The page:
USDA on Tuesday said its new round of trade aid “is being designed to avoid skewing planting decisions” after soybean prices fell following a Bloomberg report with details on the aid package.
Bloomberg reported USDA would announce a $15 billion aid package on Thursday that would pay farmers $2 a bushel for soybeans, 63 cents a bushel for wheat and 4 cents a bushel for corn. The report cited “two people familiar with the payment levels.”
According to the Bloomberg report, payments would be based on this year’s planted acreage. “The administration is considering basing payments on the acreage farmers plant this year and their historic yield of crops per acre, the people said.”
While corn continued its weather rally Tuesday, moving up 6 cents in the December contract to $4.10 a bushel, November soybeans fell 9 cents to $8.48 a bushel after the report came out.
USDA’s communications office declined to confirm details reported in the Bloomberg article, but also stated farmers should not plant based on the aid program.
“Details on the new trade mitigation program will be forthcoming shortly, but we want to be clear that the program is being designed to avoid skewing planting decisions one way or another,” a USDA spokesperson stated in an email to DTN. “Farmers should continue to make their planting and production decisions with the current market signals in mind, rather than some expectation of what a farming support program might or might not look like, based on a media story.”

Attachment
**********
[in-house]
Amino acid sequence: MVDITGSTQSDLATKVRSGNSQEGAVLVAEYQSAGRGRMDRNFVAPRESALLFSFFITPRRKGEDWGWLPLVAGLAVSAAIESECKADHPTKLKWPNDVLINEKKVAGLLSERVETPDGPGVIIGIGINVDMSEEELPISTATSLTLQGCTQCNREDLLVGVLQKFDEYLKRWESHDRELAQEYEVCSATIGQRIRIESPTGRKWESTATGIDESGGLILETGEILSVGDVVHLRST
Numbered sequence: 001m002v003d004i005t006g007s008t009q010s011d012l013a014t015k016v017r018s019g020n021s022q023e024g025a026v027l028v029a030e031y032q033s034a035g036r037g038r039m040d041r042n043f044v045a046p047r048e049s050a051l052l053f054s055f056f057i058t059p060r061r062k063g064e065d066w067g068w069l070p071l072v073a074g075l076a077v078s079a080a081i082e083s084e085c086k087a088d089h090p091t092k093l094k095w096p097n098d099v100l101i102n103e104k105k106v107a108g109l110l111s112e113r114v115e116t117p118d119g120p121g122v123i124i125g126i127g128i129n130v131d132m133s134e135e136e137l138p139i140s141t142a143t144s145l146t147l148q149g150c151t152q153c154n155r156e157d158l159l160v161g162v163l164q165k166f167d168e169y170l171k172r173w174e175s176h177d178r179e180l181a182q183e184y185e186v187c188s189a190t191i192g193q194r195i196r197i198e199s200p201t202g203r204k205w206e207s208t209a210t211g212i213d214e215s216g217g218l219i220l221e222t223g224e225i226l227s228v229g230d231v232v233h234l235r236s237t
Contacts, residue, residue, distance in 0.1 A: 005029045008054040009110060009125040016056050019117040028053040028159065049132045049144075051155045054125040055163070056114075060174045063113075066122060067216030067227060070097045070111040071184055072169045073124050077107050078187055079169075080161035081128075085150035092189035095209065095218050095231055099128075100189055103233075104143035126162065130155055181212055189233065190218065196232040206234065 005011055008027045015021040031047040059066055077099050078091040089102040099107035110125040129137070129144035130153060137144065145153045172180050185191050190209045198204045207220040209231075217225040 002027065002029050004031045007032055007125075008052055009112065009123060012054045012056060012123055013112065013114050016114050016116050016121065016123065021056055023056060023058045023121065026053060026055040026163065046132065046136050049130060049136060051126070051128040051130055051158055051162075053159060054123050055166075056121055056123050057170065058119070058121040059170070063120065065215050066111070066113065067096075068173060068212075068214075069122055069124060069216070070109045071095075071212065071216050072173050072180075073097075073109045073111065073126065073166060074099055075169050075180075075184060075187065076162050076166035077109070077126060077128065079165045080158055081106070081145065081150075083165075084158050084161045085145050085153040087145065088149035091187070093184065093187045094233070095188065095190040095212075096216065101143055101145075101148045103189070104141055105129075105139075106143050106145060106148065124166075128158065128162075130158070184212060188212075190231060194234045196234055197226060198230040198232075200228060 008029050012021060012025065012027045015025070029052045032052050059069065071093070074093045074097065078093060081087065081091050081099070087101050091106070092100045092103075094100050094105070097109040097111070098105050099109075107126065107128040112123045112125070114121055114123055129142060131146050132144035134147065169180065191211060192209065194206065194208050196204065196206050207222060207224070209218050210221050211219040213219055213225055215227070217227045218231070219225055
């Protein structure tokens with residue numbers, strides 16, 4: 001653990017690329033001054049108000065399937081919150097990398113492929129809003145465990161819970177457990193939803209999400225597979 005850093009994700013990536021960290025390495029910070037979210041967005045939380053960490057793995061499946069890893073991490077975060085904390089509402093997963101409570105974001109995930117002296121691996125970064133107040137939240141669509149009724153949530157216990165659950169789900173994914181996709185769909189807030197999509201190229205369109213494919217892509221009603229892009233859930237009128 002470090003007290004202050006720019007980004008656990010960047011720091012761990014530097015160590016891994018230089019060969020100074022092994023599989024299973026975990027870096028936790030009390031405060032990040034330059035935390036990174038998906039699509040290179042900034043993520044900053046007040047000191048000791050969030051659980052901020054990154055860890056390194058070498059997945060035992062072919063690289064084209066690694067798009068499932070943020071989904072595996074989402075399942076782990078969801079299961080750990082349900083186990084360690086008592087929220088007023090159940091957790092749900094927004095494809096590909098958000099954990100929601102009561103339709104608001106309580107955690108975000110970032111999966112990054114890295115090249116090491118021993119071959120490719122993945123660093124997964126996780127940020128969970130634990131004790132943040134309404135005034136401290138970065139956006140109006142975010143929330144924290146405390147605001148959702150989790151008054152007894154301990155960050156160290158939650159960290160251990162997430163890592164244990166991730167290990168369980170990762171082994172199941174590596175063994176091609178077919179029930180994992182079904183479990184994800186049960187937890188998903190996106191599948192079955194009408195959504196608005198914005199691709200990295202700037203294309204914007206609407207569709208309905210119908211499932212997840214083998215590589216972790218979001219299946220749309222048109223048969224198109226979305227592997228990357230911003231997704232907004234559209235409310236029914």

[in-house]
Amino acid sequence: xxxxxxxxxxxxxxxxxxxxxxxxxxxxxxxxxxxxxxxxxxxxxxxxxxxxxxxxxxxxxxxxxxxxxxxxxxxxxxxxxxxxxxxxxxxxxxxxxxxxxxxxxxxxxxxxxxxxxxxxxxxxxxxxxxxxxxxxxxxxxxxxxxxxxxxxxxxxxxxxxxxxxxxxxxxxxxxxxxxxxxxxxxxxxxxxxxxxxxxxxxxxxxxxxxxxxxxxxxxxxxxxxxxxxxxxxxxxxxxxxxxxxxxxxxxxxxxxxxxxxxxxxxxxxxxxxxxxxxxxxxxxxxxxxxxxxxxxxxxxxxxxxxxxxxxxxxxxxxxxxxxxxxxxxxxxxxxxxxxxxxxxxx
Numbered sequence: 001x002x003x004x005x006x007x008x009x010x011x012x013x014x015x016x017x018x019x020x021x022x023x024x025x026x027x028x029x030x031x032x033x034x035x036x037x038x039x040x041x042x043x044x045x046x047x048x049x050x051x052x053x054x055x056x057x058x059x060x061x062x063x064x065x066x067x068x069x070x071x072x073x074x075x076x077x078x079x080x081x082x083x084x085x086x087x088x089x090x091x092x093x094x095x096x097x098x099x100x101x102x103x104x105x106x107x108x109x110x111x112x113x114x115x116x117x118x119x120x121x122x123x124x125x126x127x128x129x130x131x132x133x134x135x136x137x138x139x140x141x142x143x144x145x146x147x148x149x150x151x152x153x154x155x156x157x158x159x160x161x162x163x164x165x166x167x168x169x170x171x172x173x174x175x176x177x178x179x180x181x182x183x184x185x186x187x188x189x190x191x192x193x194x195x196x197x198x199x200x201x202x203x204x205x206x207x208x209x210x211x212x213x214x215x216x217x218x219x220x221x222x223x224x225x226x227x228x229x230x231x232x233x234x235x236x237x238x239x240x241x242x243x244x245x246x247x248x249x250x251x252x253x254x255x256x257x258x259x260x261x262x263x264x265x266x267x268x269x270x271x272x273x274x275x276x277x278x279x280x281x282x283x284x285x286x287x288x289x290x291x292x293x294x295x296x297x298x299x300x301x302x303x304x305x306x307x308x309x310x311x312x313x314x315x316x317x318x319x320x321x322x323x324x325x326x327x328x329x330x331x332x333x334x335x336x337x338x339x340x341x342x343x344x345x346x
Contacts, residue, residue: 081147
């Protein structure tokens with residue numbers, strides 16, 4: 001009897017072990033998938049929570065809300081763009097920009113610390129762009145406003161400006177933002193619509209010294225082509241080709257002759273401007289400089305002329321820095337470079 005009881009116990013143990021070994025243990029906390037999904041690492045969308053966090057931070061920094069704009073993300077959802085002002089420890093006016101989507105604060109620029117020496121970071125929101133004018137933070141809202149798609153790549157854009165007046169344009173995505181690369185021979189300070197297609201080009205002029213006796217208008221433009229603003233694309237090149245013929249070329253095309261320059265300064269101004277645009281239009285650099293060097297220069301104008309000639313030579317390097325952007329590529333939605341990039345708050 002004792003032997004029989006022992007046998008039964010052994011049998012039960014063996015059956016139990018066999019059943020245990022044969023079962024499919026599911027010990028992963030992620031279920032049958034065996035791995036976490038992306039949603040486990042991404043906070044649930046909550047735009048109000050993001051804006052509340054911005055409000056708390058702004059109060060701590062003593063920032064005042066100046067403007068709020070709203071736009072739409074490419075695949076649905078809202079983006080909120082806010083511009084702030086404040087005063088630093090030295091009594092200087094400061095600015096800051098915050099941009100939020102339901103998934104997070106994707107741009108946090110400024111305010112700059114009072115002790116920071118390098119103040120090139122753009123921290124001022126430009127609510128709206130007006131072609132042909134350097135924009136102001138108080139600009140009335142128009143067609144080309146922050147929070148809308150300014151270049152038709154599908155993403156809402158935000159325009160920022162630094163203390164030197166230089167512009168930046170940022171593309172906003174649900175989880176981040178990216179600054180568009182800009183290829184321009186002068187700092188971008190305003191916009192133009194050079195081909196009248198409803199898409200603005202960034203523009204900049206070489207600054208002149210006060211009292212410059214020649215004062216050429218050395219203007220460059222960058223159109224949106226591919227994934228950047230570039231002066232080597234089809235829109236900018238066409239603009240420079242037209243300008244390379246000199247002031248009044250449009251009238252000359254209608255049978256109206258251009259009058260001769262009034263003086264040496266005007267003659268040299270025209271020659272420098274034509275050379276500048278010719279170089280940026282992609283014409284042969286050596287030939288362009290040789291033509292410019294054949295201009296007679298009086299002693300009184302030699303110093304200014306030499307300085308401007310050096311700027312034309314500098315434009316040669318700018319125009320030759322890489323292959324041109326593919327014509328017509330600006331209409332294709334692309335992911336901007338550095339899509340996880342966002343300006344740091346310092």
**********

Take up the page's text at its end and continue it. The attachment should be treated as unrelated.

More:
USDA later issued the same statement in a news release, but changed the final comments to “inaccurate media stories.”
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Commodity groups reached by DTN either declined to comment on the report or stated they were trying to confirm the same information with USDA.
Under last year’s Market Facilitation Program, farmers received $1.65 a bushel for soybeans, 14 cents a bushel for wheat and 1 cent a bushel for corn.
Groups such as the National Corn Growers Association have maintained since last year that farmers growing their commodities should have received higher payments. NCGA states its analysis show corn farmers had price disruptions from trade of 44 cents a bushel. NCGA’s trade mitigation suggestions go further, asking USDA to help with ethanol policy issues at EPA as well. (here)
Sen. Jerry Moran, R-Kan., wrote Agriculture Secretary Sonny Perdue on Monday about trade, calling for a resolution with China, but also asking that USDA not affect planting decisions with the new aid package.
“Farmers planting for the market, not government programs, has been a central tenant (tenet) of farm policy for over two decades,” Moran wrote. “It is important this principle continue to be followed and for trade payments not to distort planting decisions.”
Moran explained that could be accomplished if USDA based payments on recent farm history of planted acres and yields on the higher of actual 2018 yields or average yield history on the farm.
Chris Clayton can be reached at Chris.Clayton@dtn.com
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